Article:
The store is purposely designed and set up to subvert a skeptic's impression of what a CBD store may look like. The interior carries the appearance of a salon — clean and simple with nice lighting and product displays. His store is not a head shop, stores famous for carrying marijuana smoking paraphernalia and often decorated with black-light posters and other marijuana imagery, and he didn't want it associated with such.
"I don't have a problem with Rastafarian shops and smoke shops, but I wanted to keep it classy," Swatzell said.
He still has an eye on opening a full-blown medicinal marijuana dispensary, but there is no current timeline on his plans on that endeavor, though he said Five Leaf Clover in Colome will remain strictly a CBD store. A new, separate business venture would be started to handle that part of his plans, he said.
For now, he's content to share his products with customers 21 and over who have accepted their benefits, as well as share information and conversation with those who may be curious and stop in to see what the fuss is about. He believes those who do visit Five Leaf Clover may find something that will help them.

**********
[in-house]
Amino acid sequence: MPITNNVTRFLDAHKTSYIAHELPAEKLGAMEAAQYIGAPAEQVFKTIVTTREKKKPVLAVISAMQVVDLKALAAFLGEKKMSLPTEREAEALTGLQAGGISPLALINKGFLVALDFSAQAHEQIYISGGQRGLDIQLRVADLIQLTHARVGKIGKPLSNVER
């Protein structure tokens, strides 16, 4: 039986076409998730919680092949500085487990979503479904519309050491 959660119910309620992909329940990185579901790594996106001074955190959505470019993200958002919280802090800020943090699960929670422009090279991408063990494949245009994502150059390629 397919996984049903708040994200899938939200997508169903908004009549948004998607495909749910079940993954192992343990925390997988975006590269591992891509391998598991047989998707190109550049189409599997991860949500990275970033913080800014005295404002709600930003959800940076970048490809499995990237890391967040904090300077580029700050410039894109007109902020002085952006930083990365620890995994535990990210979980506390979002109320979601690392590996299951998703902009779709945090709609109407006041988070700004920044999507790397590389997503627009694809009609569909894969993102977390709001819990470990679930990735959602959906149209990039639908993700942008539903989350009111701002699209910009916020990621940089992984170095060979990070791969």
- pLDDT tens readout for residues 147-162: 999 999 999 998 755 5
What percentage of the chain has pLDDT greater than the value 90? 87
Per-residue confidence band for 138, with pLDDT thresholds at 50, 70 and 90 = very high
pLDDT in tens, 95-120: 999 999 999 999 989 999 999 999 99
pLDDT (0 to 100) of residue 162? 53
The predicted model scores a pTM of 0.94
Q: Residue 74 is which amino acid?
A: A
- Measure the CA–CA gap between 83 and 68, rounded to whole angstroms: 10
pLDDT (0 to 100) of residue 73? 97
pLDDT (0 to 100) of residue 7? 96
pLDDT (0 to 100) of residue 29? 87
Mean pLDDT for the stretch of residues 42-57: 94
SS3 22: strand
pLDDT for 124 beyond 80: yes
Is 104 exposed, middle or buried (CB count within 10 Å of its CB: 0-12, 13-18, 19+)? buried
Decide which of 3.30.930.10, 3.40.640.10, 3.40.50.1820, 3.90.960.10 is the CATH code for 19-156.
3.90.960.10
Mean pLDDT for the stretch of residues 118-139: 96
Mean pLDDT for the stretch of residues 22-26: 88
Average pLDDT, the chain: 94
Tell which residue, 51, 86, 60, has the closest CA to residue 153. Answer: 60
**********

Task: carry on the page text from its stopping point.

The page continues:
"We all have something that might bother us, be it physical or mental, whether it's anxiety or stress. Or just wanted to come in and have a conversation with a friend," Swatzell said. "My encouragement to them would be to consider an alternative medicine instead of Tylenol or ibuprofen."
Five Leaf Clover is open Tuesdays through Fridays from 10:30 a.m. to 7:30 p.m. More information can be found at the store Facebook page.